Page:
Everything you need to know about the most popular exterior cladding materials
Exterior cladding materials come in all shapes and sizes. Whether you’re looking to transform the exterior of your property or are building a new structure from scratch, check out the Grand Designs guide to cladding options
Lead image: Cembrit
Cladding forms the protective external layer of a property, and the choice of material will dictate the finished look. Teamed with good-quality insulation, it will also improve the thermal performance of a building.
External cladding options include natural and modified timber, stone and metal, as well as composite materials and fibre cement boards that mimic stone or wood. Teaming contrasting types such as timber with render or zinc is a great way to highlight architectural details or define a standout extension.
Your budget will influence your choice of materials as prices vary widely, and you will need to take installation costs into account.
Timber is versatile, sustainable and an effective insulator, and timber cladding is usually made from larch, cedar, sweet chestnut, Douglas fir or oak.
Different species vary in the amount of maintenance required. Wood that is naturally knot-free (clear grade) brings a clean, contemporary look, while knottier varieties have a more rustic appeal. Look for a product with a guarantee of at least 15 years, endorsed with the Timber Decking and Cladding Association CladMark.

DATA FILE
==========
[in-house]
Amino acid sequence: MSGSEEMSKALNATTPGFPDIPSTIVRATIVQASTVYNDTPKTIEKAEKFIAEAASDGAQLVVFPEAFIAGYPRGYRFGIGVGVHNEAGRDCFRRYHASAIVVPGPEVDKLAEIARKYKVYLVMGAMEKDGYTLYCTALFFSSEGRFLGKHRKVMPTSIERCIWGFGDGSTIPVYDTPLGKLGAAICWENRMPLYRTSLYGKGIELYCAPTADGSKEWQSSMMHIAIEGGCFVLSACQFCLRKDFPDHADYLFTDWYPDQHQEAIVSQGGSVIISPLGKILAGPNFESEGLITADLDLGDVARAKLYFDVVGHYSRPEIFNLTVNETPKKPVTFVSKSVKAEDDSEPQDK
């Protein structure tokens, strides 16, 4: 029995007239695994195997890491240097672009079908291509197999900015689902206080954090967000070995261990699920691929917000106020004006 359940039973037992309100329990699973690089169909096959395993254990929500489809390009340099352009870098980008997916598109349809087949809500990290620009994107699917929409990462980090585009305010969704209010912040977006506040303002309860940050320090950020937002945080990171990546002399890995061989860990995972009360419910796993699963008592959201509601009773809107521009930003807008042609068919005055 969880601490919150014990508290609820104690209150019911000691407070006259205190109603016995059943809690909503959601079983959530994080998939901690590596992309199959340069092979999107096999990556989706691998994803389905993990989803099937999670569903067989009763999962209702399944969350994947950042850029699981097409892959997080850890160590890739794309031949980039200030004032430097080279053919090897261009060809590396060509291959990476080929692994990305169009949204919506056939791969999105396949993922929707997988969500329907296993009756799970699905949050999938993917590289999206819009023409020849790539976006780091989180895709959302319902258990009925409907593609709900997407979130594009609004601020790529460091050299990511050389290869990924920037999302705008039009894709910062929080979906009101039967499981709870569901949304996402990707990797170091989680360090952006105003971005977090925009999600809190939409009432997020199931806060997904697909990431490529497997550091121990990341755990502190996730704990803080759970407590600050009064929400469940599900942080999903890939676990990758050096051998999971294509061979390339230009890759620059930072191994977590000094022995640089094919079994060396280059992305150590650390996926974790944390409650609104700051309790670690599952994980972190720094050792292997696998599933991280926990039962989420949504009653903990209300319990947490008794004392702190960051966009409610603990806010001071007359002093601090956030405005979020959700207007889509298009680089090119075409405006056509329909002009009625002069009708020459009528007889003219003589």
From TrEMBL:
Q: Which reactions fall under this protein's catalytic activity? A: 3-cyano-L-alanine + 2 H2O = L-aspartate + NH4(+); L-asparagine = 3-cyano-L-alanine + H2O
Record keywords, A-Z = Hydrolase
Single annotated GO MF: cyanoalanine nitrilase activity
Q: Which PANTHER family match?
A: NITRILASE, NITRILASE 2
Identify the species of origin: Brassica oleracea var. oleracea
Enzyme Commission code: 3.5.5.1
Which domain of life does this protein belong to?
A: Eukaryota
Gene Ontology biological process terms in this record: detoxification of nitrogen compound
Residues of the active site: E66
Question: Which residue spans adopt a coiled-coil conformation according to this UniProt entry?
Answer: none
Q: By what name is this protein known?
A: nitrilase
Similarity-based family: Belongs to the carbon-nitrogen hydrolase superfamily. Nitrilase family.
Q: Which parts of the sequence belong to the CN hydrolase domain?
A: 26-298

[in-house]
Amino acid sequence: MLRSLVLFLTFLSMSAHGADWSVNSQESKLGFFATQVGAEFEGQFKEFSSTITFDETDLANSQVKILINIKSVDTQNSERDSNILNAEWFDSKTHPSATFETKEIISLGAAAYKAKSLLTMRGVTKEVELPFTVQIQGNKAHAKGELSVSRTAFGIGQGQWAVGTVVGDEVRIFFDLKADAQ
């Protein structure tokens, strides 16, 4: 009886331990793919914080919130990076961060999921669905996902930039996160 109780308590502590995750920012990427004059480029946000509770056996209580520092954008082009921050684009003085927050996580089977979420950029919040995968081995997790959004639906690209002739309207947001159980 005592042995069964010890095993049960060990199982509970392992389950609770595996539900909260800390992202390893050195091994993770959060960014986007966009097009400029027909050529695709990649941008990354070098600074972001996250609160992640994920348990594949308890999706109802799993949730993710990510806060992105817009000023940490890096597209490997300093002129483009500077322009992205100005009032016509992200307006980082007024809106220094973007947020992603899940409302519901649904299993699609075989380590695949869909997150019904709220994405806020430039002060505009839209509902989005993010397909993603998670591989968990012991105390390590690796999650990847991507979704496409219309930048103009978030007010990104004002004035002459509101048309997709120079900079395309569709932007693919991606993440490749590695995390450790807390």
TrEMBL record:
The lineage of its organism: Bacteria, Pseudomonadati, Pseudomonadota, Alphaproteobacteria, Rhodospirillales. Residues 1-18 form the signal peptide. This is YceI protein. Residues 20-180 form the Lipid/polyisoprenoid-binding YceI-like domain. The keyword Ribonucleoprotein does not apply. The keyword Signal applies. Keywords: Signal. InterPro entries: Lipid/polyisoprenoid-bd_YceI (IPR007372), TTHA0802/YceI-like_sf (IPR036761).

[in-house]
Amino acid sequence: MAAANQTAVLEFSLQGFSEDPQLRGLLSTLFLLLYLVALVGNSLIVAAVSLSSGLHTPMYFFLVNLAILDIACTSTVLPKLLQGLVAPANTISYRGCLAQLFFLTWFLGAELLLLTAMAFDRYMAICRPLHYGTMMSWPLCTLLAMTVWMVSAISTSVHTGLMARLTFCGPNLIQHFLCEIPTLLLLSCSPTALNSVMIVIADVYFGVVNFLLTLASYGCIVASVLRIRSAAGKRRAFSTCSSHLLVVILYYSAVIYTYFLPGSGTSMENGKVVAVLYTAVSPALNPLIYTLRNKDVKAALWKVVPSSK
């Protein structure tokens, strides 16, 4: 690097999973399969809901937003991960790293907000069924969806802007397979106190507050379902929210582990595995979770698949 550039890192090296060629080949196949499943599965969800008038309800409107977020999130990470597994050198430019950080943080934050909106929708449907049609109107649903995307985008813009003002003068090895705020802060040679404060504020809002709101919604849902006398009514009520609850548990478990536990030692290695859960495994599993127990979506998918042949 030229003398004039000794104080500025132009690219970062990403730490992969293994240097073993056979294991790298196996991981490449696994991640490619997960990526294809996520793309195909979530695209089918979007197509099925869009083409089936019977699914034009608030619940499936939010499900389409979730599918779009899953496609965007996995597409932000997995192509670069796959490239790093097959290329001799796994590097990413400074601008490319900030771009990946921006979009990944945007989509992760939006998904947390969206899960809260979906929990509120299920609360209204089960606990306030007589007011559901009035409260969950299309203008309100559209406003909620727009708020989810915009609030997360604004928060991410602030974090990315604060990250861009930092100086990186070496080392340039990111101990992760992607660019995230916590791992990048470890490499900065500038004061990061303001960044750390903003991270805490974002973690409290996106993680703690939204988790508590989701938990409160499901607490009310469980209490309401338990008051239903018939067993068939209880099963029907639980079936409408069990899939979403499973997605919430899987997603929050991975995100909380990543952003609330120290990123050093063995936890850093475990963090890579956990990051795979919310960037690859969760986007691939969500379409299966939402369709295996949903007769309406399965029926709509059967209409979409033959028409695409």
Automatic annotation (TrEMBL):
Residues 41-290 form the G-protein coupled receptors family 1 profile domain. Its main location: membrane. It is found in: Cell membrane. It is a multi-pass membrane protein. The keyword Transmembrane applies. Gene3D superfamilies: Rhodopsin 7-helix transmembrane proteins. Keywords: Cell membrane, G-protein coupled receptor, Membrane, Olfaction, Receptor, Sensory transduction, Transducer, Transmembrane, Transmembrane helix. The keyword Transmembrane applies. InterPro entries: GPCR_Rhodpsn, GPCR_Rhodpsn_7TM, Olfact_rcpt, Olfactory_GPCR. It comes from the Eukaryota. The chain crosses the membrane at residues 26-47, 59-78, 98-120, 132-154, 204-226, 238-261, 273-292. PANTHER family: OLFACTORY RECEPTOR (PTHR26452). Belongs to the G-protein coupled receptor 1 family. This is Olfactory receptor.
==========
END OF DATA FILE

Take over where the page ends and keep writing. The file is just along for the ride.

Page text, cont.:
Larch is a commonly used softwood as it contains a natural protective resin, making it resistant to rot and decay. Western red cedar contains natural oils that act as preservatives to give the wood exceptional durability which. Combined with its tendency to lie flat and remain straight in service, this makes it particularly well-suited for cladding.
Hard woods and modified timber
If you’re planning to invest in a hardwood, FSC-certified dry oak is a good choice. Hardwearing and resistant to impact, boards are generally dried or kiln dried to a moisture content between 15% and 25% to ensure stability.
Charred timber is a current trend. Shou sugi ban is an ancient Japanese technique for preserving wood by charring it. It’s expensive but it requires no maintenance and is UV resistant.
Modified timbers such as Accoya, Kebony and ThermoWood are softwoods that have been thermally or chemically altered to boost stability, durability and resistance. They offer a sustainable alternative to hardwoods and are widely used for cladding.